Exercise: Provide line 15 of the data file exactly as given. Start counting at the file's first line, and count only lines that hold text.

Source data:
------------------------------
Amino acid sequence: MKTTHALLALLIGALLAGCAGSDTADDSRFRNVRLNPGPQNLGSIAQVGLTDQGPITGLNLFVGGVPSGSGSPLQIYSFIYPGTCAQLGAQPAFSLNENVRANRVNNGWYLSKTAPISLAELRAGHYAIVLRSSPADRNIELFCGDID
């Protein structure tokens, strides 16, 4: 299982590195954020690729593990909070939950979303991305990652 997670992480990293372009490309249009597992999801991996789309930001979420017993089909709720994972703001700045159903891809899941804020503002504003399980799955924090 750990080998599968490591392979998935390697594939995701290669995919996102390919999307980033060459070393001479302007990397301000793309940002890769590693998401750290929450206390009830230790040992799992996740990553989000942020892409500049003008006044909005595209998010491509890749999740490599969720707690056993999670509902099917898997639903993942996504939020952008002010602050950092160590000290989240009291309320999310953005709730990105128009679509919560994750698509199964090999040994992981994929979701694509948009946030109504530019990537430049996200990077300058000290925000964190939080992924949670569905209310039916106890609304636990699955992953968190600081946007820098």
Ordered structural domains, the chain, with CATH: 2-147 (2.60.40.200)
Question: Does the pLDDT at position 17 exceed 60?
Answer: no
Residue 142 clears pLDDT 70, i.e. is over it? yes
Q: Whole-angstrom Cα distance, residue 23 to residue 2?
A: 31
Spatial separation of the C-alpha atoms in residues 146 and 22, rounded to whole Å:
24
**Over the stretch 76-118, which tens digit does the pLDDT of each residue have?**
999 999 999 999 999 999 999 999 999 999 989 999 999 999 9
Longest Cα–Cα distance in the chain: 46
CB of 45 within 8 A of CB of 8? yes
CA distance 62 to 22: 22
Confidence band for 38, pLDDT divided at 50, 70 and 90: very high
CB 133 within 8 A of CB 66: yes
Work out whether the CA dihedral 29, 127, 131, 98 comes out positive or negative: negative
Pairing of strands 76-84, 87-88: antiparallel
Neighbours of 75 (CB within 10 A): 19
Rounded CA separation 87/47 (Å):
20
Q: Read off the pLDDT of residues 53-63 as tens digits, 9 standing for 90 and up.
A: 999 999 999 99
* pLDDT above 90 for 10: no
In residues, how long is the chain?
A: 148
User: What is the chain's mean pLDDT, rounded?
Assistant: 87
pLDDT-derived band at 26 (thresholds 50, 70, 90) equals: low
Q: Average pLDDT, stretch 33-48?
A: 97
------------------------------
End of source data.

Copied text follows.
CA distance 62 to 22: 22